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The Presuppositions of Christian Neo-Objectivism

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  • 2 weeks later...

That has nothing to do with Objectivism, so I don't know why you'd call it Neo-Objectivism. The ideas themselves are just assertions. "inborn inner pressure to do what is right." No such thing exists, and if it does, prove it. And if you can prove it, having an 'inner pressure' to do something does not mean one ought to do it.


The Christians have a history of trying to integrate good and rational philosophy with their mystic philosophy. But of course, such a thing cannot be done.

Edited by Peter Morris
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  • 3 months later...

The desire to combine Objectivist philosophy with Christian mysticism is a common trend among people who have experienced Ms. Rand only thru her fiction and her non-fiction essays about ethics and politics.  Thirty years ago, as a man with 12 years of Christian education, I read these books and essays in that same context and tried to combine them during the distracting life period of raising kids and making a living.


When I got to the epistemology and the Aristotelian metaphysics years later, I hit a wall.  You cannot accept the axioms of existence, consciousness, and identity - you cannot accept the ideas of causality and non-contradiction - and continue to believe in the Christian God.  To do so requires a contradiction.


And so, back to the OP.  There is no symbiotic relationship between conscience and reason - conscience is a dependent of sense perception and reason.  Having a conscience has nothing to do with mysticism.  It's the eventual recognition, that doing to and for others as you would like them to treat you, based on the values you hold, is way more in your best interest than acting like a bully or a predator. You have reason, your neighbor has reason - specialization and trade are in your best interest over force and fraud.  That's reasoned conscience and it has nothing to do with God. 

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...  tried to combine them during the distracting life period of raising kids and making a living.

I'm curious about this. Specifically, I'm curious whether you held on to some Christian principles or whether you held on to some Christian concretes? I assume that a person can try to combine some ideas from the sermon on the mount with some ideas from Objectivism... the concretes of whether Jesus actually gave the sermon would be unimportant. Alternatively, someone might keep the concretes and interpret the principles with an Objectivist spin... so, Jesus said these various things, but he was trying to stress individualism, etc.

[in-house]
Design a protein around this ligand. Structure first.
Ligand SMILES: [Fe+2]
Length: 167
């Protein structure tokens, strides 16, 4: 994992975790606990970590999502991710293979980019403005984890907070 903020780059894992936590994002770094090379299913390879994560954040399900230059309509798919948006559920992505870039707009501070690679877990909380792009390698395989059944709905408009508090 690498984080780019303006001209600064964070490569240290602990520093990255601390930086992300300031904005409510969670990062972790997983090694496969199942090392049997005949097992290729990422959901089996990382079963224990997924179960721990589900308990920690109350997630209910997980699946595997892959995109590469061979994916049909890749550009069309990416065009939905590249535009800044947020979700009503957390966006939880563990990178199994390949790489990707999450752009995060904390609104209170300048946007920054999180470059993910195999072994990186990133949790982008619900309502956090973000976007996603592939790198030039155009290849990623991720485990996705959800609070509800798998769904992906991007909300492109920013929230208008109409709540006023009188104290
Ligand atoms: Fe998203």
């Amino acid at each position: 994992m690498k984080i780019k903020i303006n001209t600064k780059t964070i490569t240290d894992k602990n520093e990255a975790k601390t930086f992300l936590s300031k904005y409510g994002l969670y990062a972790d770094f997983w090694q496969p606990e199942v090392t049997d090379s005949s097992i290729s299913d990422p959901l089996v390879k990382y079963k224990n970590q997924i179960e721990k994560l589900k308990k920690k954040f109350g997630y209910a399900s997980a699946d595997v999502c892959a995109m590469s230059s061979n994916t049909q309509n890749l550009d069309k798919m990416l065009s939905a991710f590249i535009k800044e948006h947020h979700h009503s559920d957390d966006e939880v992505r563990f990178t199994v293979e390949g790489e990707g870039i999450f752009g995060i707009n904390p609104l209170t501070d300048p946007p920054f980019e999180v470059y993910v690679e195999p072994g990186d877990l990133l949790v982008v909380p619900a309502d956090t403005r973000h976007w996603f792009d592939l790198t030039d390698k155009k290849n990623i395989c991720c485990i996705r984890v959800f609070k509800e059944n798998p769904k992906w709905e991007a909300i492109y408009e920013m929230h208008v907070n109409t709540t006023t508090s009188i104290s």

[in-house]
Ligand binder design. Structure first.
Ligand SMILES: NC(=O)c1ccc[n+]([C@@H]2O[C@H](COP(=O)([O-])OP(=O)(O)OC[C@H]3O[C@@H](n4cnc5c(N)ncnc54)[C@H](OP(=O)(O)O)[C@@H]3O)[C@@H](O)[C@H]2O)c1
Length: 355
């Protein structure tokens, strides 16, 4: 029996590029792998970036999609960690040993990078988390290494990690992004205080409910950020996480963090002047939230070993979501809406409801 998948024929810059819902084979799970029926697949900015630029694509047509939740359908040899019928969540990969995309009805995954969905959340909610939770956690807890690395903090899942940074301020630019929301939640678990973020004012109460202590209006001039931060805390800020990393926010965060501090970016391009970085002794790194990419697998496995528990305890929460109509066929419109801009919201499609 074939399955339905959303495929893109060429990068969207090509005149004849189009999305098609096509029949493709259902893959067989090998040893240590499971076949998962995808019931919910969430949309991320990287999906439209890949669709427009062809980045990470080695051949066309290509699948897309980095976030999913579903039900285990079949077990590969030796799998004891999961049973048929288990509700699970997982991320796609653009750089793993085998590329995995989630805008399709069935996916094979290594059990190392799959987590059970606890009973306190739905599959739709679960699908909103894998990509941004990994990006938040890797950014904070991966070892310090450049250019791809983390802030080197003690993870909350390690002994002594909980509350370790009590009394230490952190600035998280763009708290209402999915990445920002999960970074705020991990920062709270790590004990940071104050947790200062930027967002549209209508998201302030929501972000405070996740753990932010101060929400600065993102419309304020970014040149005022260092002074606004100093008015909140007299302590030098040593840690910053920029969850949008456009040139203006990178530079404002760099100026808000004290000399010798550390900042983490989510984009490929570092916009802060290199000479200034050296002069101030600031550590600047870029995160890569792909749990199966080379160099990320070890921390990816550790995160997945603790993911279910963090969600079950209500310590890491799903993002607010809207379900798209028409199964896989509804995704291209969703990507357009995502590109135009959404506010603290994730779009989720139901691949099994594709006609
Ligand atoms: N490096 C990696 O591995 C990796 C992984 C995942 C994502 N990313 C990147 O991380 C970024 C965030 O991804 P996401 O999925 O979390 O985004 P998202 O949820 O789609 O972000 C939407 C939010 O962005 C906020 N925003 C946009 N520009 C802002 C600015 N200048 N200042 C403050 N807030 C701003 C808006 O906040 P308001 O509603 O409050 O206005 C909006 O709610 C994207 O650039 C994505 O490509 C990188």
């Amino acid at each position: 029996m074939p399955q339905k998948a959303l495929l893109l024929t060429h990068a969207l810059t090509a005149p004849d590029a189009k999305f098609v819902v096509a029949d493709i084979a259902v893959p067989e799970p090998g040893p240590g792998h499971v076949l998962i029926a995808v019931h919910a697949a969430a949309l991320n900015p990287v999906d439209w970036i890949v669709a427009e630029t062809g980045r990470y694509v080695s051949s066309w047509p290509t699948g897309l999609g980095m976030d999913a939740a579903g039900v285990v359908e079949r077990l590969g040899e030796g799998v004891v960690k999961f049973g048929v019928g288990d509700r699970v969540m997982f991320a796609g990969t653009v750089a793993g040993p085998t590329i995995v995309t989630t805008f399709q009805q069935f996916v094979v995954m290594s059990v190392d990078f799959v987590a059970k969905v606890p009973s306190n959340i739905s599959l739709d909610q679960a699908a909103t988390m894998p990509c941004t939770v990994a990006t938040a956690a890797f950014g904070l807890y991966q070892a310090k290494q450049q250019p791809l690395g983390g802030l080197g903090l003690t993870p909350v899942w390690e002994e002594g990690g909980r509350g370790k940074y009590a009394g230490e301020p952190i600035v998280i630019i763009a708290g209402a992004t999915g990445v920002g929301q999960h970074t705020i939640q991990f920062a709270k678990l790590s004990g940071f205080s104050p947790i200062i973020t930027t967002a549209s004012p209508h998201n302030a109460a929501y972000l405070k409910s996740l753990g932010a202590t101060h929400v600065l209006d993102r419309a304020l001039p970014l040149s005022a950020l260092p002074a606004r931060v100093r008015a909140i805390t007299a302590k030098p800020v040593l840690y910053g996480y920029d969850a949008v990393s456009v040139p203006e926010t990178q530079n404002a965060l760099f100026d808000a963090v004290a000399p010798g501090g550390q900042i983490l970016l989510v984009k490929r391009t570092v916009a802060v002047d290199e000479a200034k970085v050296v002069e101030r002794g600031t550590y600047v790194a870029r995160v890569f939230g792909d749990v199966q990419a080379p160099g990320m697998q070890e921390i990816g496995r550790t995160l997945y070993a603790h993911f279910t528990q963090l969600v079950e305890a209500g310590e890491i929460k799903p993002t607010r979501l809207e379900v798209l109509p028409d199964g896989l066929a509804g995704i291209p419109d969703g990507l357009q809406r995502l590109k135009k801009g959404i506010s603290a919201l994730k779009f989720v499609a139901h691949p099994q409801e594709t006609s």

Anything you can share would be interesting.

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The only thing about Christianity I continued to hold after about age 32 was my enjoyment of their traditional Christmas music.  While many things taught by Jesus Christ (perverted by men ever since) are human-life-on-earth positive, they cannot be justified or supported in a metaphysics and epistemology based in mysticism and the primacy of consciousness.  My 12 years of Catholic education was a series of complete contradictions between what I was taught and how I saw religious people live their lives.

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Christian Neo-Objectivism starts with the symbiotic relationship between reason and the human conscience, the inborn inner pressure to do what is right. Reason discovers and understands the conscience while the conscience, in turn, gives reason the valuation of good...


If there were an "inborn inner pressure to do what is right" (innate morality?), then what did Christ suffer and die for?  (hint: 3 letter word; sounds like pin)



Here is an assertion that supports the conscience as a universal experience. Lying is universally valued as wrong by the conscience. No parent has ever said to a child, "I am so glad you have started lying to me; now you will have many advantages over people who do not lie."



I think parents use irony to make a point with their children much more than you give them credit for.



What does anyone think about these premises?



Needs some work.  Try discovering the "three A's" of Objectivism, as recommended Ayn Rand.  Two of them are Aristotle and the lady herself.  The third is a Saint you're probably familiar with, credited by Ayn Rand for releasing  Aristotelianism during the Renaissance.


Edited by Devil's Advocate
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